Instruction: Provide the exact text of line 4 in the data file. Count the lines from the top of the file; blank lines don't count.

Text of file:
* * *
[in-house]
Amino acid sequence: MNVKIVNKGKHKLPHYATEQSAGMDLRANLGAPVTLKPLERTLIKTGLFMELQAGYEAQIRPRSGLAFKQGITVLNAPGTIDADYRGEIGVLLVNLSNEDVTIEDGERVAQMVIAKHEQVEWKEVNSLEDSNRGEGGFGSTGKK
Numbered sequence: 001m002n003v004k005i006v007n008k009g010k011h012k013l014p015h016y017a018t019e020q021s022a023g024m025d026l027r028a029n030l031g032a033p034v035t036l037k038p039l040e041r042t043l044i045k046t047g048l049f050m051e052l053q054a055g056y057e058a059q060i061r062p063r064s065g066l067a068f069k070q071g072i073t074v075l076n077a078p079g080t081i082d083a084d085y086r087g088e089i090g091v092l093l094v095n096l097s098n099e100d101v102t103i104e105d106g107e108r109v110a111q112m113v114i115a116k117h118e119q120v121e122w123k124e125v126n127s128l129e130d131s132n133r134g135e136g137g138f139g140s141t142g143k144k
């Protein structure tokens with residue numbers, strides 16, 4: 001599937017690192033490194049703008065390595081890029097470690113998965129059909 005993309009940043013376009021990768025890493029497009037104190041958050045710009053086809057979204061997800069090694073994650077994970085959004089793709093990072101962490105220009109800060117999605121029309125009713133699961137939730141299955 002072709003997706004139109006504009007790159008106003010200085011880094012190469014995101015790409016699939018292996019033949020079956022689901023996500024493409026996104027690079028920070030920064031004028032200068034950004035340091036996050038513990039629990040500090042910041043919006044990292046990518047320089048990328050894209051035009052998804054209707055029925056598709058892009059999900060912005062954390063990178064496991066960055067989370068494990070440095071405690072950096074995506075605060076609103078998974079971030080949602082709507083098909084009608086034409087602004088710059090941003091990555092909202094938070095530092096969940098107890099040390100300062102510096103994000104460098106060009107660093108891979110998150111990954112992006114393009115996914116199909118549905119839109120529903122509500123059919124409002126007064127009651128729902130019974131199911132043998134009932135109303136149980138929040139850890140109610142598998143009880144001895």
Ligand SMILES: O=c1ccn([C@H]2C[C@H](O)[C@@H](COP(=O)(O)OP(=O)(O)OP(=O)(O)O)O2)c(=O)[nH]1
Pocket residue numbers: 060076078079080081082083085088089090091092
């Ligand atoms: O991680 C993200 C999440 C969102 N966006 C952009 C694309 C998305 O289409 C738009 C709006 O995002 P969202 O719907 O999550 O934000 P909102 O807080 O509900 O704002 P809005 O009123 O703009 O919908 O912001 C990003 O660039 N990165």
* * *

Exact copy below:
């Protein structure tokens with residue numbers, strides 16, 4: 001599937017690192033490194049703008065390595081890029097470690113998965129059909 005993309009940043013376009021990768025890493029497009037104190041958050045710009053086809057979204061997800069090694073994650077994970085959004089793709093990072101962490105220009109800060117999605121029309125009713133699961137939730141299955 002072709003997706004139109006504009007790159008106003010200085011880094012190469014995101015790409016699939018292996019033949020079956022689901023996500024493409026996104027690079028920070030920064031004028032200068034950004035340091036996050038513990039629990040500090042910041043919006044990292046990518047320089048990328050894209051035009052998804054209707055029925056598709058892009059999900060912005062954390063990178064496991066960055067989370068494990070440095071405690072950096074995506075605060076609103078998974079971030080949602082709507083098909084009608086034409087602004088710059090941003091990555092909202094938070095530092096969940098107890099040390100300062102510096103994000104460098106060009107660093108891979110998150111990954112992006114393009115996914116199909118549905119839109120529903122509500123059919124409002126007064127009651128729902130019974131199911132043998134009932135109303136149980138929040139850890140109610142598998143009880144001895």